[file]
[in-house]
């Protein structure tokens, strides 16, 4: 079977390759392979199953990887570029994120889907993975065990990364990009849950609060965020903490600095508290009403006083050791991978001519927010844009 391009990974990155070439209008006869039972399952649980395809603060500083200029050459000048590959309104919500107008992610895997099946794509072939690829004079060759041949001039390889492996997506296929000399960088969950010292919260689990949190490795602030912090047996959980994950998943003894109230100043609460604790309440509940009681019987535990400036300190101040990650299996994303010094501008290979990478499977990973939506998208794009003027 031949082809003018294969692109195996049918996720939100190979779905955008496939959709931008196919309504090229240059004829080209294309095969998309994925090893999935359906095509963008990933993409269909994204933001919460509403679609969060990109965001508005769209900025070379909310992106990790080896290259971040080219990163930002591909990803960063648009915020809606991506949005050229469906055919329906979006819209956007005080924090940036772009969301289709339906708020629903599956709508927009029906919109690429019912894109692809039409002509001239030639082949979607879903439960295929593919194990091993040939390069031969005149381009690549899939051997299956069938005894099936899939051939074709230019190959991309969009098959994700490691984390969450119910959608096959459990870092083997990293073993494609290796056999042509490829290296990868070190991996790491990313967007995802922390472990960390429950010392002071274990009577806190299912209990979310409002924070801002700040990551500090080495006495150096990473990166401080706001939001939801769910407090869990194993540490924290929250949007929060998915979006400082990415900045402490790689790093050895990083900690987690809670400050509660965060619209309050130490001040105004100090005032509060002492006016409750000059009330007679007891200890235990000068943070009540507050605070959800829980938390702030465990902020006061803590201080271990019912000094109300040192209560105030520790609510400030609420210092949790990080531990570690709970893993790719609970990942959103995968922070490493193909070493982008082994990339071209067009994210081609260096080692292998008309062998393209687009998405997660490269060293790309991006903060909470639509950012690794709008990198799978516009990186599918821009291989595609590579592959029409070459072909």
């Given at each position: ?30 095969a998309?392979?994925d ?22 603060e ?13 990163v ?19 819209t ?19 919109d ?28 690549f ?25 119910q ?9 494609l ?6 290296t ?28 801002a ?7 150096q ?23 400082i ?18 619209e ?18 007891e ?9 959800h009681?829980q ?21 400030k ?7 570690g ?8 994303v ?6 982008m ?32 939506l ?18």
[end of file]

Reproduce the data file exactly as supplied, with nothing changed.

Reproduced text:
[in-house]
């Protein structure tokens, strides 16, 4: 079977390759392979199953990887570029994120889907993975065990990364990009849950609060965020903490600095508290009403006083050791991978001519927010844009 391009990974990155070439209008006869039972399952649980395809603060500083200029050459000048590959309104919500107008992610895997099946794509072939690829004079060759041949001039390889492996997506296929000399960088969950010292919260689990949190490795602030912090047996959980994950998943003894109230100043609460604790309440509940009681019987535990400036300190101040990650299996994303010094501008290979990478499977990973939506998208794009003027 031949082809003018294969692109195996049918996720939100190979779905955008496939959709931008196919309504090229240059004829080209294309095969998309994925090893999935359906095509963008990933993409269909994204933001919460509403679609969060990109965001508005769209900025070379909310992106990790080896290259971040080219990163930002591909990803960063648009915020809606991506949005050229469906055919329906979006819209956007005080924090940036772009969301289709339906708020629903599956709508927009029906919109690429019912894109692809039409002509001239030639082949979607879903439960295929593919194990091993040939390069031969005149381009690549899939051997299956069938005894099936899939051939074709230019190959991309969009098959994700490691984390969450119910959608096959459990870092083997990293073993494609290796056999042509490829290296990868070190991996790491990313967007995802922390472990960390429950010392002071274990009577806190299912209990979310409002924070801002700040990551500090080495006495150096990473990166401080706001939001939801769910407090869990194993540490924290929250949007929060998915979006400082990415900045402490790689790093050895990083900690987690809670400050509660965060619209309050130490001040105004100090005032509060002492006016409750000059009330007679007891200890235990000068943070009540507050605070959800829980938390702030465990902020006061803590201080271990019912000094109300040192209560105030520790609510400030609420210092949790990080531990570690709970893993790719609970990942959103995968922070490493193909070493982008082994990339071209067009994210081609260096080692292998008309062998393209687009998405997660490269060293790309991006903060909470639509950012690794709008990198799978516009990186599918821009291989595609590579592959029409070459072909």
């Given at each position: ?30 095969a998309?392979?994925d ?22 603060e ?13 990163v ?19 819209t ?19 919109d ?28 690549f ?25 119910q ?9 494609l ?6 290296t ?28 801002a ?7 150096q ?23 400082i ?18 619209e ?18 007891e ?9 959800h009681?829980q ?21 400030k ?7 570690g ?8 994303v ?6 982008m ?32 939506l ?18």